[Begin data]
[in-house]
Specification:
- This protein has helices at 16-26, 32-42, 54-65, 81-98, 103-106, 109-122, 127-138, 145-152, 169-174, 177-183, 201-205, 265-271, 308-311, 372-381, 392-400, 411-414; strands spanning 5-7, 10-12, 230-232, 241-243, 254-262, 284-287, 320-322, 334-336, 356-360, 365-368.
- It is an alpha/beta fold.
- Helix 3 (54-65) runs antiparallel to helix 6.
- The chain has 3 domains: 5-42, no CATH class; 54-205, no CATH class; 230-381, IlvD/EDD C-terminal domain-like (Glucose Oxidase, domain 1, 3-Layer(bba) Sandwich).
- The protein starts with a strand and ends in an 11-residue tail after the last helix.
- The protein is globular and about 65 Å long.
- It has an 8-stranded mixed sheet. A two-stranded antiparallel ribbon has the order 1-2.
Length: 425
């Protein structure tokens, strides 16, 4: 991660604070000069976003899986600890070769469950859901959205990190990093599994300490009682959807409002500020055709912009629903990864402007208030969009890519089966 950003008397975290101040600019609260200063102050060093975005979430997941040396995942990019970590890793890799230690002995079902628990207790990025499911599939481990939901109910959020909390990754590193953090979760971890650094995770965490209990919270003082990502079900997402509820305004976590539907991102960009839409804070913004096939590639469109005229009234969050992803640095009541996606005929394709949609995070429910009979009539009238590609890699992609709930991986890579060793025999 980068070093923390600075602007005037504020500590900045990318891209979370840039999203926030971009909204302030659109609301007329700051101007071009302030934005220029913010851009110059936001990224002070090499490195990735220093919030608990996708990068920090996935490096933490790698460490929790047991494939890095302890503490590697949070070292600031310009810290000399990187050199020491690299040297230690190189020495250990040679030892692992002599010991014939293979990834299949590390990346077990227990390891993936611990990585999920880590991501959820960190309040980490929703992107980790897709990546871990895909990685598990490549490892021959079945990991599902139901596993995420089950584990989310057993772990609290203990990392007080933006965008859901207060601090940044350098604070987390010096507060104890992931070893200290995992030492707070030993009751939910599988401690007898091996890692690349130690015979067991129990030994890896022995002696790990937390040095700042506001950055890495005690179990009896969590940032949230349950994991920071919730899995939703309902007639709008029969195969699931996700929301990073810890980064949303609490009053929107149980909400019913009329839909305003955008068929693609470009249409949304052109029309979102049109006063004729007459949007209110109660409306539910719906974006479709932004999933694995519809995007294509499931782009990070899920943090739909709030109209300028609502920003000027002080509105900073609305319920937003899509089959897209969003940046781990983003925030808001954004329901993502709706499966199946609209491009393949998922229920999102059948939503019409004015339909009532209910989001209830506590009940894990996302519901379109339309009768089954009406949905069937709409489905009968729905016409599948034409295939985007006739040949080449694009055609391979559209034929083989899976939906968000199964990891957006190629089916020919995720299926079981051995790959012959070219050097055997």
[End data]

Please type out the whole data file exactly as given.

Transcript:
[in-house]
Specification:
- This protein has helices at 16-26, 32-42, 54-65, 81-98, 103-106, 109-122, 127-138, 145-152, 169-174, 177-183, 201-205, 265-271, 308-311, 372-381, 392-400, 411-414; strands spanning 5-7, 10-12, 230-232, 241-243, 254-262, 284-287, 320-322, 334-336, 356-360, 365-368.
- It is an alpha/beta fold.
- Helix 3 (54-65) runs antiparallel to helix 6.
- The chain has 3 domains: 5-42, no CATH class; 54-205, no CATH class; 230-381, IlvD/EDD C-terminal domain-like (Glucose Oxidase, domain 1, 3-Layer(bba) Sandwich).
- The protein starts with a strand and ends in an 11-residue tail after the last helix.
- The protein is globular and about 65 Å long.
- It has an 8-stranded mixed sheet. A two-stranded antiparallel ribbon has the order 1-2.
Length: 425
């Protein structure tokens, strides 16, 4: 991660604070000069976003899986600890070769469950859901959205990190990093599994300490009682959807409002500020055709912009629903990864402007208030969009890519089966 950003008397975290101040600019609260200063102050060093975005979430997941040396995942990019970590890793890799230690002995079902628990207790990025499911599939481990939901109910959020909390990754590193953090979760971890650094995770965490209990919270003082990502079900997402509820305004976590539907991102960009839409804070913004096939590639469109005229009234969050992803640095009541996606005929394709949609995070429910009979009539009238590609890699992609709930991986890579060793025999 980068070093923390600075602007005037504020500590900045990318891209979370840039999203926030971009909204302030659109609301007329700051101007071009302030934005220029913010851009110059936001990224002070090499490195990735220093919030608990996708990068920090996935490096933490790698460490929790047991494939890095302890503490590697949070070292600031310009810290000399990187050199020491690299040297230690190189020495250990040679030892692992002599010991014939293979990834299949590390990346077990227990390891993936611990990585999920880590991501959820960190309040980490929703992107980790897709990546871990895909990685598990490549490892021959079945990991599902139901596993995420089950584990989310057993772990609290203990990392007080933006965008859901207060601090940044350098604070987390010096507060104890992931070893200290995992030492707070030993009751939910599988401690007898091996890692690349130690015979067991129990030994890896022995002696790990937390040095700042506001950055890495005690179990009896969590940032949230349950994991920071919730899995939703309902007639709008029969195969699931996700929301990073810890980064949303609490009053929107149980909400019913009329839909305003955008068929693609470009249409949304052109029309979102049109006063004729007459949007209110109660409306539910719906974006479709932004999933694995519809995007294509499931782009990070899920943090739909709030109209300028609502920003000027002080509105900073609305319920937003899509089959897209969003940046781990983003925030808001954004329901993502709706499966199946609209491009393949998922229920999102059948939503019409004015339909009532209910989001209830506590009940894990996302519901379109339309009768089954009406949905069937709409489905009968729905016409599948034409295939985007006739040949080449694009055609391979559209034929083989899976939906968000199964990891957006190629089916020919995720299926079981051995790959012959070219050097055997």